World Mountain Bike Championships
Mountain bikers this month looked north to Fort William in Scotland, where the world top riders competed at the UCI Mountain Bike World Championships.
The event, sponsored by Nissan Sports Adventure, attracted an estimated 8000 spectators to finals day, which saw France’s Julien Absalon retain his World Championship title in the Elite Cross Country race.
Home fans were left disappointed as British Number one rider Oli Beckingsale finished in 35th place. Liam Killeen, the Commonwealth Games Gold Medallist, who has not competed for most of the season due to ill health, rode a very strong race. With incredible determination and skill he fought his way 112th place at the start to finish in 44th place.
In the Women’s XC race, Russia’s Irina Kalentieva picked up, not just Russia’s first medal of the championships, but also her first senior world title in the Women’s Elite XC. British interest lay in Jenny Copnall, Ruth McGavigan, and Scalia, with Copnall coming 47th and McGavigan and Scalia finishing in 56th and 62nd respectively.
Elsewhere in the prestigious contest there were some breakthrough performances from British riders including a Gold medal for Scotland’s Ruaridh Cunningham in the Junior Men’s final.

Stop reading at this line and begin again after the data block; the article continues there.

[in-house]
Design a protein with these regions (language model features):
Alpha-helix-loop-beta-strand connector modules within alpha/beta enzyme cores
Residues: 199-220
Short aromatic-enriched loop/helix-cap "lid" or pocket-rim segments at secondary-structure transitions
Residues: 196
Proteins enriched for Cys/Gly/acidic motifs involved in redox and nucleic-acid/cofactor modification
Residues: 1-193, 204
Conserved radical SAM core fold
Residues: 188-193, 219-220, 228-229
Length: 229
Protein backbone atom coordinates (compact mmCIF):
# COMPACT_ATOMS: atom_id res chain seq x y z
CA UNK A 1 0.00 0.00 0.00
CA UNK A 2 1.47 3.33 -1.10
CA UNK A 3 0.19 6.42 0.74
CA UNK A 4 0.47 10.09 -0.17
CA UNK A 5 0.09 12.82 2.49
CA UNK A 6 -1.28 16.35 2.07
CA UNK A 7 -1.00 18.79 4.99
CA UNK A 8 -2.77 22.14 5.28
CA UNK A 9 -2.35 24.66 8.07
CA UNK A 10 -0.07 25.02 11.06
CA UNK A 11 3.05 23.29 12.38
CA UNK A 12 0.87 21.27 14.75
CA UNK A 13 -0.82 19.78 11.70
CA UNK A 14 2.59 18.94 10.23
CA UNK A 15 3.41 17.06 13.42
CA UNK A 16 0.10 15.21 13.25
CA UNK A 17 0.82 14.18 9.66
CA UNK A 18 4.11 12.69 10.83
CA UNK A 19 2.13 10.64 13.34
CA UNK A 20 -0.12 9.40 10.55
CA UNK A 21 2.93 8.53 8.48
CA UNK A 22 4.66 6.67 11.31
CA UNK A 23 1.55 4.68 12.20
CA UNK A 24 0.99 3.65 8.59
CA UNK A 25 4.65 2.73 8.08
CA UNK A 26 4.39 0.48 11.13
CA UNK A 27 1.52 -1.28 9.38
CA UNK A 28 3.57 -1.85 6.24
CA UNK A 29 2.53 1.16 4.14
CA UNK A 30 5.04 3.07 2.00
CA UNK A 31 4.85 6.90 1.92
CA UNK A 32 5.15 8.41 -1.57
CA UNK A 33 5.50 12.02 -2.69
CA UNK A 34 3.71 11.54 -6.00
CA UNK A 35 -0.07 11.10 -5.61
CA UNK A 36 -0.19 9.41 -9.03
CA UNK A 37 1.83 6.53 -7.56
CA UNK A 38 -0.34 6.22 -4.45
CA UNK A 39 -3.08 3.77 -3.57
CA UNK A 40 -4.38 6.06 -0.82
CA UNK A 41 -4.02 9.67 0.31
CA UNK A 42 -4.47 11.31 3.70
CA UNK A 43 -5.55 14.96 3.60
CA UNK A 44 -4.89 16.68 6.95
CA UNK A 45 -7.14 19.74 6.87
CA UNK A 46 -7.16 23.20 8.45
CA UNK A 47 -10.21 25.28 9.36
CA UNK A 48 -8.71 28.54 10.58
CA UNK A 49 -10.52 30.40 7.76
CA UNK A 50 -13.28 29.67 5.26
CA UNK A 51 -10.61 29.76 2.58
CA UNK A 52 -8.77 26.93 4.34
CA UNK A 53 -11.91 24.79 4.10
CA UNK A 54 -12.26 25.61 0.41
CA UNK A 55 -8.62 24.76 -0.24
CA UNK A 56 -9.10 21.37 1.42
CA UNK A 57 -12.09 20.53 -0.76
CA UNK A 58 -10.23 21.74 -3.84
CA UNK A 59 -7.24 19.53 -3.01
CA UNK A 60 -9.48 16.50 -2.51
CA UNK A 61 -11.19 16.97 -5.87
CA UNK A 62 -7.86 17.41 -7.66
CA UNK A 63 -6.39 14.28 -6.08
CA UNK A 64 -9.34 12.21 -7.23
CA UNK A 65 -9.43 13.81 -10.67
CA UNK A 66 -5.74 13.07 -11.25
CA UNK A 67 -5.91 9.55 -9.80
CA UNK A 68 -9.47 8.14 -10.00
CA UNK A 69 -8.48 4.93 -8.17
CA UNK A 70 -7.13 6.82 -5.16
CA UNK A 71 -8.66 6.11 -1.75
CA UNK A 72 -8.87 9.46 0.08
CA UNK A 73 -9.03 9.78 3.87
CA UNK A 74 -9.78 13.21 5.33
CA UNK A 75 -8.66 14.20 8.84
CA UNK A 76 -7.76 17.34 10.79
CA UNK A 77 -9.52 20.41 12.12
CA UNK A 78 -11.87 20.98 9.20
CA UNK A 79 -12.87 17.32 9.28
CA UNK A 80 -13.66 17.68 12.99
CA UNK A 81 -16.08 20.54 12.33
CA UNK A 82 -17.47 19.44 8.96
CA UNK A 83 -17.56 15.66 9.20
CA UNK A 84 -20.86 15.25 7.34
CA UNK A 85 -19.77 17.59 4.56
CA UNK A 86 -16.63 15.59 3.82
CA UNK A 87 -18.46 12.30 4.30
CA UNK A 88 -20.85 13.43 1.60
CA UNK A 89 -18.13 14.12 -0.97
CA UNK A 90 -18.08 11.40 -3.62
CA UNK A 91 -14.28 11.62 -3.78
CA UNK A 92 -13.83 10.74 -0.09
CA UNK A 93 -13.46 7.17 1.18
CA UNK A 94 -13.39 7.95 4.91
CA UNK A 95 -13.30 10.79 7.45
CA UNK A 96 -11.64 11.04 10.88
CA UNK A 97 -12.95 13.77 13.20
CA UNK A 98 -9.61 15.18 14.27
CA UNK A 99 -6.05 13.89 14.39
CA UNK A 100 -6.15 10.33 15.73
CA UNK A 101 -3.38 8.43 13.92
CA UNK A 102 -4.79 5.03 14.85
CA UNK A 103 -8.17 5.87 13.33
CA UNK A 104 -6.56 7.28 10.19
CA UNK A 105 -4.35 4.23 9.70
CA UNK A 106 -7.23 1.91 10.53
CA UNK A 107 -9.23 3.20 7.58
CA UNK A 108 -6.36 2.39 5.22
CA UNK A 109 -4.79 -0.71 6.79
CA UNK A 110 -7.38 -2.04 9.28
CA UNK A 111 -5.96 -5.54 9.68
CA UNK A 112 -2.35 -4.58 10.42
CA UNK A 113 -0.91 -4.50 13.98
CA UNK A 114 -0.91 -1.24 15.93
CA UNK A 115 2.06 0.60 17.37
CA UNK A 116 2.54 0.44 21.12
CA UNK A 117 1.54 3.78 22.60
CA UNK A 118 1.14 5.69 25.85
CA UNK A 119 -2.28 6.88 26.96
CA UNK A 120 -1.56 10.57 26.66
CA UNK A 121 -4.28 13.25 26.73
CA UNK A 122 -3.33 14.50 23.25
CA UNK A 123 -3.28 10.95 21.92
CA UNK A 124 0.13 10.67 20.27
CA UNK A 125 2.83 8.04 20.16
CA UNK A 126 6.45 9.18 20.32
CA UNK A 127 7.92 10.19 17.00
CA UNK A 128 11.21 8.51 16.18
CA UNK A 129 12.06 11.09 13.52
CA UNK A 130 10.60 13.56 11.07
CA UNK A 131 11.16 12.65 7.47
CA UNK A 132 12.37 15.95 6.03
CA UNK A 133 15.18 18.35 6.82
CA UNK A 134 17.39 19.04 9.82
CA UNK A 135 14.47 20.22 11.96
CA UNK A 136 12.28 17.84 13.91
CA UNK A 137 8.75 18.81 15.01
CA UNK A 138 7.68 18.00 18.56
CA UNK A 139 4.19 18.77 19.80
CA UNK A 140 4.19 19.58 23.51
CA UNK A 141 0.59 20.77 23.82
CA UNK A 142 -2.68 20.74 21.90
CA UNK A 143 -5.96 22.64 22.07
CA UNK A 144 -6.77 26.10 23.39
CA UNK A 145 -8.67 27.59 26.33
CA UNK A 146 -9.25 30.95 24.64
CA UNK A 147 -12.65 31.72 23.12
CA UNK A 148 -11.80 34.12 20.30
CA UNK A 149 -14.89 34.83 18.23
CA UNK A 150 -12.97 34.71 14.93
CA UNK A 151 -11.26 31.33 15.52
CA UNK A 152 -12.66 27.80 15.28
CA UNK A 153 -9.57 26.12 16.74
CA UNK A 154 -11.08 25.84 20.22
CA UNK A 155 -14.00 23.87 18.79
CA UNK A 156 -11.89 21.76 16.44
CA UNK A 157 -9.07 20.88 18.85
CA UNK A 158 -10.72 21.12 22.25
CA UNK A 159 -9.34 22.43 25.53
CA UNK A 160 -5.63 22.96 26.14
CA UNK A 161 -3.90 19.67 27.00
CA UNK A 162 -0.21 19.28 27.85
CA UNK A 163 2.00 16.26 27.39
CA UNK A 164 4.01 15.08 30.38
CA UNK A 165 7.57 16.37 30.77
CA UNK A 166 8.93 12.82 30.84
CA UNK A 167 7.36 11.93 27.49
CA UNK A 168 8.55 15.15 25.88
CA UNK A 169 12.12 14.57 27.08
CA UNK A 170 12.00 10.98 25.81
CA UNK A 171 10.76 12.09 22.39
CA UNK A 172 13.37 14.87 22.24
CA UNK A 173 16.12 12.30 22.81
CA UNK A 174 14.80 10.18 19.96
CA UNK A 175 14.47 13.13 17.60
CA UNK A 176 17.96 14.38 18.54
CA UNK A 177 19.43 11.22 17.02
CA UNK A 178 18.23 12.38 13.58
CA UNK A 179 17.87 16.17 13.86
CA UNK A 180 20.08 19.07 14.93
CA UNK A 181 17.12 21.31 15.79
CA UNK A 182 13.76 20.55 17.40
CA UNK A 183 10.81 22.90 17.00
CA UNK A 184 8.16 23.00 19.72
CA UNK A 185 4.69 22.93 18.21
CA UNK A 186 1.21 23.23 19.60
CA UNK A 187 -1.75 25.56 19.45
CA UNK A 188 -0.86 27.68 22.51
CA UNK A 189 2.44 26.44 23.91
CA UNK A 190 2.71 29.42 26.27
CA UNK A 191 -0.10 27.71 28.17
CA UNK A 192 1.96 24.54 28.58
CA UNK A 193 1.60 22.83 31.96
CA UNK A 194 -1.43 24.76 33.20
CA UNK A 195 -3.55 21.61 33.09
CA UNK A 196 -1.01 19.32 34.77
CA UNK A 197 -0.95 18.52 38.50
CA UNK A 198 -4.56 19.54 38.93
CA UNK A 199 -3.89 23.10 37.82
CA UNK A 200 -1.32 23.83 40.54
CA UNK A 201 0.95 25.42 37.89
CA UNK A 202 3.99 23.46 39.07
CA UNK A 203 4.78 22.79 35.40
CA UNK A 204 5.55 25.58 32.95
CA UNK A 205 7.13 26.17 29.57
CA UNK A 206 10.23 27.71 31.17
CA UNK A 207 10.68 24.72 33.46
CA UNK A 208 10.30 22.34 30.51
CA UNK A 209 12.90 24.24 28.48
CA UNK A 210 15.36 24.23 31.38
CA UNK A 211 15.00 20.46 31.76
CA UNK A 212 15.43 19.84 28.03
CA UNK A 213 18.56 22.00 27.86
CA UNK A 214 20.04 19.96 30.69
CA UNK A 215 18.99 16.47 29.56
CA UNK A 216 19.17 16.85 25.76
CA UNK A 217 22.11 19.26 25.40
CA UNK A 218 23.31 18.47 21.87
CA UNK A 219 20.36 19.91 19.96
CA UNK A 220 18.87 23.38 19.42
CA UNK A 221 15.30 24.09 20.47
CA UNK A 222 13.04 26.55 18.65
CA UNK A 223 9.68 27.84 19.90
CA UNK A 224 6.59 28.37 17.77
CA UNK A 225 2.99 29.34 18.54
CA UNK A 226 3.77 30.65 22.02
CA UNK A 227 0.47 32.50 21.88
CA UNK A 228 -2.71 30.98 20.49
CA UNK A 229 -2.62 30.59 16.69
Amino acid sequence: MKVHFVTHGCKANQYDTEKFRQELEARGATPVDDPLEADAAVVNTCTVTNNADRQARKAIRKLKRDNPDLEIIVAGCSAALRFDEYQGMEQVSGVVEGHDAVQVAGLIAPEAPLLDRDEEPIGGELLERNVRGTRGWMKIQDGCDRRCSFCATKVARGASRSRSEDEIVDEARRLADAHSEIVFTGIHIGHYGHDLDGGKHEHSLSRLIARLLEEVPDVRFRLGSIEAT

More than 700 top riders from every corner of the globe were taking part in the event sponsored by car manufacturer Nissan.
It was the first time the championships have been held in the UK. The competition features four disciplines: cross country, downhill, 4-cross and trials and will be held at Leanachan Forest, Fort William.
Nissan is working with the UCI to develop mountain biking across all levels, particularly via the high profile World Championships which attract a global television audience.
ICU president Pat McQuaid underlined the importance of the agreement between the international federation and Nissan.
"Mountain biking is a modern and dynamic discipline with an attractive image and enormous potential," he said. "The interest shown by a company like Nissan confirms this."